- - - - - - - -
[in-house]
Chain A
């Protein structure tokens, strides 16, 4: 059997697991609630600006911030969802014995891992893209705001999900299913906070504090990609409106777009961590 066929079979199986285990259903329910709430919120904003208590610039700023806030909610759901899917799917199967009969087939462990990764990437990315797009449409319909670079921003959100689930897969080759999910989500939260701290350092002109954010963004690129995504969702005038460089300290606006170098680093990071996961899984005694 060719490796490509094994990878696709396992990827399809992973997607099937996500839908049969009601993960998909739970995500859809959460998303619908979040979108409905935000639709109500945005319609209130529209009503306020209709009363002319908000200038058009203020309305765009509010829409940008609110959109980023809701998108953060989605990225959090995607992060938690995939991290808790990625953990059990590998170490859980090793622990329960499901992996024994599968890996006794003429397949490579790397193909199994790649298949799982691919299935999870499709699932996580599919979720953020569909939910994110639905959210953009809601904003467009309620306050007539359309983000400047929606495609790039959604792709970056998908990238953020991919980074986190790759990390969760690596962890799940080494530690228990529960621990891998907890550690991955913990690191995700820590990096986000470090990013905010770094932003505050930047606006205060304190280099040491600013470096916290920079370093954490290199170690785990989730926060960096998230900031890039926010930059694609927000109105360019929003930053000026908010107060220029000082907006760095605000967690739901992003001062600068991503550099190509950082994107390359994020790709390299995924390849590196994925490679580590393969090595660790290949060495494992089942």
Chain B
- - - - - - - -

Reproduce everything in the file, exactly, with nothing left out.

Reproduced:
[in-house]
Chain A
């Protein structure tokens, strides 16, 4: 059997697991609630600006911030969802014995891992893209705001999900299913906070504090990609409106777009961590 066929079979199986285990259903329910709430919120904003208590610039700023806030909610759901899917799917199967009969087939462990990764990437990315797009449409319909670079921003959100689930897969080759999910989500939260701290350092002109954010963004690129995504969702005038460089300290606006170098680093990071996961899984005694 060719490796490509094994990878696709396992990827399809992973997607099937996500839908049969009601993960998909739970995500859809959460998303619908979040979108409905935000639709109500945005319609209130529209009503306020209709009363002319908000200038058009203020309305765009509010829409940008609110959109980023809701998108953060989605990225959090995607992060938690995939991290808790990625953990059990590998170490859980090793622990329960499901992996024994599968890996006794003429397949490579790397193909199994790649298949799982691919299935999870499709699932996580599919979720953020569909939910994110639905959210953009809601904003467009309620306050007539359309983000400047929606495609790039959604792709970056998908990238953020991919980074986190790759990390969760690596962890799940080494530690228990529960621990891998907890550690991955913990690191995700820590990096986000470090990013905010770094932003505050930047606006205060304190280099040491600013470096916290920079370093954490290199170690785990989730926060960096998230900031890039926010930059694609927000109105360019929003930053000026908010107060220029000082907006760095605000967690739901992003001062600068991503550099190509950082994107390359994020790709390299995924390849590196994925490679580590393969090595660790290949060495494992089942």
Chain B